Another example: If you have a 2pm class or afternoon run to look forward to, you have enough time to have a hearty carbohydrate based breakfast (about 1200 calories for 150lb person) that will allow for 4 hours of digestion prior to the event and a light lunch/snack before exercise.
Example for breakfast: French toast, pancakes, cereal, eggs on toast, fresh fruit salad, 100% juice, yogurt, smoothie… * Stick with whole grain low added sugar choices
You will most likely find that pre-exercise fuel has a bit of trial and error. You may find that it also takes a while for your body to be able to comfortably tolerate the food intake as well. Start small and with foods you know will not bother you and slowly increase from there until you reach your desired calorie intake.
What about exercising on an empty stomach to increase fat burning?
You will burn more fat on an empty stomach because carbohydrates will not be readily available to fuel your workout BUT according to Clark (2014), “burning more fat does not always equate to getting leaner.” In order to lose body fat, you will need to create a calorie deficit for the day. This rule applies whether you are burning fat or carbohydrates during your workout. Paoli et al. (2012) found that “you’ll be able to exercise harder, burn more calories, and potentially lose more body fat if you eat a preexercise snack.”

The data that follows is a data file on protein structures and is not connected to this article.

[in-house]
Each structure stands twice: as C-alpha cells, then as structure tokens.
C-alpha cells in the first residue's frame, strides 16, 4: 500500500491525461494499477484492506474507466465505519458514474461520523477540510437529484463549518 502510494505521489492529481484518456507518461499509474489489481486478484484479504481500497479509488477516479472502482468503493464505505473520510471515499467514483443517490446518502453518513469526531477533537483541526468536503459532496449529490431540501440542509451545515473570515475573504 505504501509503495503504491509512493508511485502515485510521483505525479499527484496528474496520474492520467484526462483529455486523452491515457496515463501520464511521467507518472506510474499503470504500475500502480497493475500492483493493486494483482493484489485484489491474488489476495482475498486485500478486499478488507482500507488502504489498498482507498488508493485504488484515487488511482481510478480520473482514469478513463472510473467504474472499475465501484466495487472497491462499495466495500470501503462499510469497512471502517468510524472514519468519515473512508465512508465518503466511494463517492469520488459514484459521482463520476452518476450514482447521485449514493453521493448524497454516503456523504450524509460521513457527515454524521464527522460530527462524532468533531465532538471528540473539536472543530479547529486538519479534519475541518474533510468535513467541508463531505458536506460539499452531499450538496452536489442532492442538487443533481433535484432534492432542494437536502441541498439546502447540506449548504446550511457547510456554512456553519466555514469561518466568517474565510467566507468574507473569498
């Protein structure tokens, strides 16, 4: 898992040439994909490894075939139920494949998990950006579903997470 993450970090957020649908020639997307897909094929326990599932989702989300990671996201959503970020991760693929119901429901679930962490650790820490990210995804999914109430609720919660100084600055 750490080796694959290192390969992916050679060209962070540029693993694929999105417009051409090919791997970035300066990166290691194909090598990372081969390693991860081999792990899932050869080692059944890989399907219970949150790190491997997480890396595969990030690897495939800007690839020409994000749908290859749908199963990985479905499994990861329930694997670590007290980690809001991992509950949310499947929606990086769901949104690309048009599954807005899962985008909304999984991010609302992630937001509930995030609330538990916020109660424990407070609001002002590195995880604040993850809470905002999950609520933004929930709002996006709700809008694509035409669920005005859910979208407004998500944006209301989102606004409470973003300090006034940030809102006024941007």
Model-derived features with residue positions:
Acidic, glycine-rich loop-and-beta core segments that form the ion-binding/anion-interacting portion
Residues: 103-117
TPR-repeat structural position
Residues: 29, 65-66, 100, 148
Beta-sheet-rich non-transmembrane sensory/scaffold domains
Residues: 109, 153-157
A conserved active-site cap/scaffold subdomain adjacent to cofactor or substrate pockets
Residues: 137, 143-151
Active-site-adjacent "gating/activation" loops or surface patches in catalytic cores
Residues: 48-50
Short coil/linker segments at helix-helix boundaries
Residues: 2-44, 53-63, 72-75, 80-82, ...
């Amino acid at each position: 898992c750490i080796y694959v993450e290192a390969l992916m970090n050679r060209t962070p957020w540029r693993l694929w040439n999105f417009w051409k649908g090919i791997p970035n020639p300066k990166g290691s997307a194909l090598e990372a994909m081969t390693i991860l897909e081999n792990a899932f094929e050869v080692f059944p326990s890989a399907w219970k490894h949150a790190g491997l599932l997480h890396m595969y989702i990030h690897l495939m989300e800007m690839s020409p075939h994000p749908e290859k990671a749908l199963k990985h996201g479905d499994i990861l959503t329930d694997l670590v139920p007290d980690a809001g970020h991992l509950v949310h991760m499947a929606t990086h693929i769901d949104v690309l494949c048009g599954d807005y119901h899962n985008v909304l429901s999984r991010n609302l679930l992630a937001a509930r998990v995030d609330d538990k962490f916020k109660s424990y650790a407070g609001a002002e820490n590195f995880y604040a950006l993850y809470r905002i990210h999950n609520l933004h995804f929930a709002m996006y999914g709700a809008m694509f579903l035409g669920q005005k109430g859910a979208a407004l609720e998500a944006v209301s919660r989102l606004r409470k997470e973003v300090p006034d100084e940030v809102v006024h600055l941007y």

Does food you eat in the hour before exercise even aid your workout or does it just sit in your stomach?
If you are exercising for more than a half an hour, you could consume a small snack just 5 minutes before beginning your workout and that fuel would be used by your body. According to Kerr (2008), “research suggest that eating an energy bar 15 minutes before moderate exercise offers the same energy boost as eating one 60 minutes before exercise.”
Lastly, we will take a look at the ever popular preexercise energizer. Many of us consume caffeine first thing in the morning to help wake ourselves up, get ourselves going, and energize our day, but can this same substance help your workout? According to Clark (2014), “the vast majority of studies conclude that caffeine taken an hour before exercise does indeed enhance performance (by about 11 percent) and makes the effort seem easier (by about 6%).” Finding the adequate balance of caffeine for your body will take some work. Don’t think that over caffeinating will just make your workout that much better. When you overconsume caffeine it can lead to undesired pit stops and jitters that will actually decrease performance. Also, Pasman et al. (1995) discovered that well trained cyclist performed adequately well with both 350mg of caffeine and 850mg. So, more doesn’t necessarily equate to better. The suggested target for caffeine is 1.5mg per pound (Doherty & Smith, 2005). This would equate to 225mg for a 150lb person.
Here is a caffeine chart taken from cspinet.org to give you an idea of caffeine content in popular food and drink:
I hope that you have found this both educational and helpful. Also, be on the lookout for my next article that will address fueling during exercise.
What is your favorite way to get in pre-exercise fuel?
Clark, N. (2014). Sports Nutrition Guidebook. Newtown, MA: Human Kinetics
Kerr, K. et al. 2008. Effects of pre-exercise nutrient timing on glucose responses and intermittent exercise performance. Med Sci Sports Exerc 40 (Suppl.no.5): S77
Paoli, A., K Grimaldi, D. D'Agostino, L. Cenci, T. Moro, A. Bianco, and A. Palma. 2012 Ketogenic diet does not affect strength performance in elite artistic gymnasts. J Int Soc Sports Nutr 9 (1): 34 doi: 10.1186/1500-2783-9-34